We’ve posted about this dispute several times before (on the initial filing, the UK version, and the EC antitrust complaint). Now, with the California judgment finally out, what’s the verdict?

Bloomberg reported that the judgment caused Apple to lose $85bn of its market value. However, that only amounted to a 3.3% drop in share price, and overall, Apple was the clear winner, prevailing on 9 out of 10 issues in dispute. Epic did succeed on one count: the Judge agreed that Apple’s “anti-steering” rules banning developers from telling users about alternatives to Apple’s in-app purchase system were anti-competitive under California state law. Epic has also appealed the verdict.

A lot of ink has already been spilled summarising the judgment and findings, so I just wanted to pull out a few interesting aspects:

  1. The Judge held that the relevant market was the “digital mobile gaming transactions”, not gaming generally as Apple had pushed for, and not Apple’s “own internal operating systems related to the App Store” as Epic had claimed. As a result, although Apple has a market share of over 55% and extraordinarily high profit margins, the Judge did not find Apple to be a monopolist. This could be relevant for the various investigations against Apple in Europe, which will require a finding that Apple holds a “dominant position” in a relevant market to establish liability.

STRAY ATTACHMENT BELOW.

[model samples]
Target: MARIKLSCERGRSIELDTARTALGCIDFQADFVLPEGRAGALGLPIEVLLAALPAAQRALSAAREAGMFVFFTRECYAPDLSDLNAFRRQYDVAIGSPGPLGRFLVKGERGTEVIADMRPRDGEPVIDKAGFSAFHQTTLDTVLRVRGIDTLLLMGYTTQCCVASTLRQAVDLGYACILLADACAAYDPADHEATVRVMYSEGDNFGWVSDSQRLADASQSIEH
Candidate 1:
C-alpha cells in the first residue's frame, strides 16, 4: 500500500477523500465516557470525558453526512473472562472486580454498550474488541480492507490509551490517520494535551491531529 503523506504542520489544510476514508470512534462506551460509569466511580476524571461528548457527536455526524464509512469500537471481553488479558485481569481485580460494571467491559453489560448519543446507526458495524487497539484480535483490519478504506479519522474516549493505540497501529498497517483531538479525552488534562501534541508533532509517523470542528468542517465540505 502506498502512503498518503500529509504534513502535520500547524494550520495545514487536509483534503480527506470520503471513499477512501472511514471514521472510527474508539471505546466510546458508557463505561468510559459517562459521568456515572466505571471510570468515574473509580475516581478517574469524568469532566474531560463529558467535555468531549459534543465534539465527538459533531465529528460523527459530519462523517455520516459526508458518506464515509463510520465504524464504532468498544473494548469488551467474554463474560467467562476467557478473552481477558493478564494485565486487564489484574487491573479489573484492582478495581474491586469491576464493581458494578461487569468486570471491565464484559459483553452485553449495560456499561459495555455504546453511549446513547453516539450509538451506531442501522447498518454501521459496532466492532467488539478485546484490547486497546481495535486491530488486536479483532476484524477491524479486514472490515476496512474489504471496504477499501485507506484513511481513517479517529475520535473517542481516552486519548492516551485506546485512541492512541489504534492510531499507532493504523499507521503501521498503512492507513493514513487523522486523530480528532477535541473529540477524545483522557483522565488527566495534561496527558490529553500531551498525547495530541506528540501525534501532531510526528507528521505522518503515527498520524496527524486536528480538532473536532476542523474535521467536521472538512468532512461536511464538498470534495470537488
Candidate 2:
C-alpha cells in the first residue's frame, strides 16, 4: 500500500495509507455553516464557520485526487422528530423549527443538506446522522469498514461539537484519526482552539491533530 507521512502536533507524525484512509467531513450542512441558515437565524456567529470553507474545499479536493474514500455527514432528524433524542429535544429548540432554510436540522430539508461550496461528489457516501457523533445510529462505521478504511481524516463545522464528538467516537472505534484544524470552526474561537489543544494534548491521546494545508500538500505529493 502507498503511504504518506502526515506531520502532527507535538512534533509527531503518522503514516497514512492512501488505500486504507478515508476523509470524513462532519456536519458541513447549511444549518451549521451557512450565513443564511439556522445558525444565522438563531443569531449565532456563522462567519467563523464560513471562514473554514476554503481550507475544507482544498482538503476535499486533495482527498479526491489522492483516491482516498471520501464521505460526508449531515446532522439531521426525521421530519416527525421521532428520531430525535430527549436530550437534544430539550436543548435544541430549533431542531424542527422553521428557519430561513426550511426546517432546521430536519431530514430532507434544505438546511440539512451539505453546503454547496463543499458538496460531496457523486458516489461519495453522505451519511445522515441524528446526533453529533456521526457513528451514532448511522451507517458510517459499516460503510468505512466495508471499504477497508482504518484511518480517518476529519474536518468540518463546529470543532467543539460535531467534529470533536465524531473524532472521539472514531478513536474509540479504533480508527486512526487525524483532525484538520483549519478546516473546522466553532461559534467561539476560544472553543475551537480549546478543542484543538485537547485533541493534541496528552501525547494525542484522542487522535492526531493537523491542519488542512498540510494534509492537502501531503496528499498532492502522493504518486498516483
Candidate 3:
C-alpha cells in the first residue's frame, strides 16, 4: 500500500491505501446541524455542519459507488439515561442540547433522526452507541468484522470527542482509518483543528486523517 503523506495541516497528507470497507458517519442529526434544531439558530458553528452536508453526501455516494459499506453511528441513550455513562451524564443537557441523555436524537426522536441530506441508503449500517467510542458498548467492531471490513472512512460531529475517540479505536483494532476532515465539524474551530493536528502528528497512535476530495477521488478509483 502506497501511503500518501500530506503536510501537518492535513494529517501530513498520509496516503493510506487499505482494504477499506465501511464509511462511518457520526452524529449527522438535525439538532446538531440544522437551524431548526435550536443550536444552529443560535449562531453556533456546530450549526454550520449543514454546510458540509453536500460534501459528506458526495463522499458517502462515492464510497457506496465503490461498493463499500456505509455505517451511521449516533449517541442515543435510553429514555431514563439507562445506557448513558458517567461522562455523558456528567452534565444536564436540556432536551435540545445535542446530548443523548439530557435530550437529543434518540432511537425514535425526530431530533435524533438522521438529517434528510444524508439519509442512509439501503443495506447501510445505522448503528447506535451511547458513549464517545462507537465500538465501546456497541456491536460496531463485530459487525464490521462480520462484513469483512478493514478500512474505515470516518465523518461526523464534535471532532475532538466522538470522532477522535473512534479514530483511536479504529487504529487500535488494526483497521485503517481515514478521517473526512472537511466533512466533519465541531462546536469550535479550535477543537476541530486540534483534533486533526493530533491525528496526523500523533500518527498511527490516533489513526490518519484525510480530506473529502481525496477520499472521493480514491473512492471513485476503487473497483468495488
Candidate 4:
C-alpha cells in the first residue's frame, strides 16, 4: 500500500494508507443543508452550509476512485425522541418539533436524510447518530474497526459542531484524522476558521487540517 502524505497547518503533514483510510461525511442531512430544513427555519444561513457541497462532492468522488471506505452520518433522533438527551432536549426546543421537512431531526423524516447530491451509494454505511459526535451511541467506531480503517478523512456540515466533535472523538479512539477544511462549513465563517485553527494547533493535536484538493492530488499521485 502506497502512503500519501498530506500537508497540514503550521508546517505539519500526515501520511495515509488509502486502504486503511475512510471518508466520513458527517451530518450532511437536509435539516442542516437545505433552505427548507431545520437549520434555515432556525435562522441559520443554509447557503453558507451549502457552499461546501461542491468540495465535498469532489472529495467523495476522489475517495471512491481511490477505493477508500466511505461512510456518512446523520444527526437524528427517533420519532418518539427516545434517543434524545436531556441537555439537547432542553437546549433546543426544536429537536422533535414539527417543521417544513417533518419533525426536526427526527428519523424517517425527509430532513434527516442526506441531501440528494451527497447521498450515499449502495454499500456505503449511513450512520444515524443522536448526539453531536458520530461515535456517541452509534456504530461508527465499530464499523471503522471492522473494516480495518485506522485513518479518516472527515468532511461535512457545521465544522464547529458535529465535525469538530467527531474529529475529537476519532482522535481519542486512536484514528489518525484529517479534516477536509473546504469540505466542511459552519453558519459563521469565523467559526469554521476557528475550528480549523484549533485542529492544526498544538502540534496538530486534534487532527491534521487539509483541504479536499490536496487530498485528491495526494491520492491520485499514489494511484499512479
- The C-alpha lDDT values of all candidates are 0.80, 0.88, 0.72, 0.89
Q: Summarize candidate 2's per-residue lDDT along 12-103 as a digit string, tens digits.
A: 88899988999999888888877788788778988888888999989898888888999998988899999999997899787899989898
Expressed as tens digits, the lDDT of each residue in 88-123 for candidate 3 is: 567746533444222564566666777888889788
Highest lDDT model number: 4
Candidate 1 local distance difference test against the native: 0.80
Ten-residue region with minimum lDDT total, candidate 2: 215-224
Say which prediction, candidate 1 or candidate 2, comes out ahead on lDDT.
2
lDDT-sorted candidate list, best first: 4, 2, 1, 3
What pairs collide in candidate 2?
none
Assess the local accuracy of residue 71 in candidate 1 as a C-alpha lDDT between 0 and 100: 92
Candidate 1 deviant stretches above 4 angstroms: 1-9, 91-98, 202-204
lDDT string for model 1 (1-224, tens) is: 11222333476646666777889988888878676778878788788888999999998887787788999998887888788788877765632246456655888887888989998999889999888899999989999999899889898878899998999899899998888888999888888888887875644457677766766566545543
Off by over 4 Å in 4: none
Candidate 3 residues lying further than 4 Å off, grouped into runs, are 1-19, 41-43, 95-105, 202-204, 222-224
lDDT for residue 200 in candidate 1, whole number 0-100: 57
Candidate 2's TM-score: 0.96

2. The wording that the Judge held anti-competitive, and intends to injunct Apple from using, is a term from its agreements with developers: “Apps and their metadata may not include buttons, external links, or other calls to action that direct customers to purchasing mechanisms other than in-app purchase.” It’s a little unclear what this will mean in practice: what will the buttons developers can now use look like? How far can they go in directing users to alternative means of (presumably cheaper) payment outside the app over using Apple’s in-app payment option? (See more on this here).
  3. However, as the Judge rejects Epic’s other grounds of complaint, it is clear that this judgment will not require Apple to let developers offer users other forms of in-app payment, or prevent Apple from taking its commission on in-app purchases. If anything, the Judge notes that even without a commission on in-app payments, Apple could still charge developers another form of commission for use of its intellectual property (it would just be more complicated to do so).
  4. The rejection of Epic’s complaint about Apple’s restrictions on app distribution also means that Apple will not be forced to distribute third-party app stores (such as the Epic Games Store) on the App Store. Although the Judge accepted that Epic had evidenced anti-competitive effects, she was satisfied that Apple had pro-competitive justifications based on security, interbrand competition, and with respect to intellectual property rights.

The judgment runs to 185 pages and contains a lot more of interest than the few points highlighted here. It offers a unique insight into the App Store business model and contains a wealth of interesting facts. For example, evidence in the case showed that a mere 1% of iOS gamers generate 64% of game billings in the App Store (and game billings are worth 70% of all App Store revenues), spending on average $2,694 annually.

It’s definitely worth a read while we wait to see what Epic’s appeal has in store (awful pun intended).